a guide to reusables (+ why you should switch!)

What do water bottles, straws, K-cups, and bags all have in common? They come in reusable forms! Their alternatives are becoming more and more common in today’s day and age as we trail away from single use items – especially plastics.

You’ve more than likely heard about metal straws and the 2019-ish trend of Hydro Flasks. You’ve probably seen people at stores toting along tote bags and mesh produce bags. Some are completely into zero-waste, living sustainably, and having a low carbon footprint. Some are in it for the trends.

And you know what my controversial take on both sides is?

Good on them. Whether someone engages in a more sustainable lifestyle out of choice or trend, good on them. I know some people are against sustainability being ‘trendy’ but at the end of the day, if that’s what it takes for more people to make the switch to reusable alternatives, then so be it.

And to further that, you don’t have to be perfect. Some people are completely zero waste. Some are doing what they can. In my opinion, sustainability is not about being perfect at all. It’s about doing what you can, when you can, to help yourself, your community, and the Earth.

what is sustainability?

For example, to meet the needs of the present generation, we need water, but to not compromise future generations, we should not purchase water (gallon jugs, 24+ packs, etc) as the plastic production to create those jugs and bottles and the private monopolization of water causes harm to the Earth and future generations and, therefore, we should resort to fridge water, filtered water, etc.

But that is based in a perfect, utopian world, where clean water is accessible to all, of which we do not live in. In our realistic world, many do not have access to clean water and therefore have to rely on gallon jugs and 24+ packs.

The idea of sustainability that I am presenting to you is doing what you can, when you can, because there is essentially no ethical consumerism. If you have access to clean water, you should consider purchasing a reusable water bottle if you can afford such, and using your filtered water (either from the fridge or elsewhere).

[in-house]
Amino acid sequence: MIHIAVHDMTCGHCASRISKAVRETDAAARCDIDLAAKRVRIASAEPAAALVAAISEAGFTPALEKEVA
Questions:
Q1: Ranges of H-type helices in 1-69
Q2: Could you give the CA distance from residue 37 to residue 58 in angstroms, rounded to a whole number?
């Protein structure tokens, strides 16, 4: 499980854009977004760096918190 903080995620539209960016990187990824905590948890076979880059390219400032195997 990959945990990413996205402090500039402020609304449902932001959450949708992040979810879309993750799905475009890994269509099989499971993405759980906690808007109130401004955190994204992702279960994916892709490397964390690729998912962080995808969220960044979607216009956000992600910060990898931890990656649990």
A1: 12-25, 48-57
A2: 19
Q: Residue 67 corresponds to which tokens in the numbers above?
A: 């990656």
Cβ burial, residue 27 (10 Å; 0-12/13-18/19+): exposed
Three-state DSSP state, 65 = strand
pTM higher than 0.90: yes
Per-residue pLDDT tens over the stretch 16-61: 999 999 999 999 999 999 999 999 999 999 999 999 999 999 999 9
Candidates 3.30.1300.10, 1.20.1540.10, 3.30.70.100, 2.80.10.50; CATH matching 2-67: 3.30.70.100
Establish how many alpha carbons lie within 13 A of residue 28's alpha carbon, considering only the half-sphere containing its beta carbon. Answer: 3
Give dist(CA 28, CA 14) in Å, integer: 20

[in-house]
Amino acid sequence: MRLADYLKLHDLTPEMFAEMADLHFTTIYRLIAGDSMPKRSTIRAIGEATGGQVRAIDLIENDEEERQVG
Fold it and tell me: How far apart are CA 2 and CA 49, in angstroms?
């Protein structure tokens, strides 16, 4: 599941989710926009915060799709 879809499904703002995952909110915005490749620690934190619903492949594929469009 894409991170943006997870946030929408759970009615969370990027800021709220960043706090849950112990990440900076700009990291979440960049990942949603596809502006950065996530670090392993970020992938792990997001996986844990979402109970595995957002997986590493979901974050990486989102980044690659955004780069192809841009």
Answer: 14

how can reusables help?

So, now you’re wondering, how do reusables work to further sustainability? Let’s go back to our water example. As we do not live in a perfect world, people do not have access to clean water in their homes and must rely on what is available to them. People can go to any corner store or grocer’s and pick up bottled water. Water has been exploited as such, it’s inevitable.

The ability to purchase reusable water bottles (and other reusables) is the ability to help sustainability efforts. It’s the ability to do what you can, when you can, to help yourself, your community, and the Earth. Using the clean water freely available to you (and using a reusable when on the go), you allow those who actually need access to clean water to have the chance to get it.

But the world of reusables is so much bigger than water. I put together a list for you to browse through and make the switch:



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at home

reusable Brita water jug

Rating: 5 out of 5.

This jug allows for you to take any tap water in the house and filter any and all impurities out. This is the exact one I used while in New York! Every two days, I’d refill it under the kitchen tap and have fresh, clean water to use for drinking and cooking. No plastic bottles required! The filter in the pitcher is to be changed every 3 months of which you can set a reminder on their website of when the time comes.

Growing up, we had sandwich baggies for everything. Snacks, leftover pizza, screws, even for travel. Reflecting back, we’ve probably gone through thousands of bags without a second thought. Now, reusable bags seem like a no brainer. You save money, they’re easy to clean, and you reduce your plastic waste!

Rating: 5 out of 5.

I made the switch May 2021 and I’m never going back! Not only do reusable K-cups reduce waste, they save you so much money in the long run. For reference, a 10-pack of K-cups costs around $8 depending on brand. That will only give you 10 cups of coffee before you have to purchase again. On the other hand, a 30-ounce canister of coffee grounds will give you way more than 10 cups, and only cost around $10, depending on brand. Who doesn’t love making better choices and saving money?!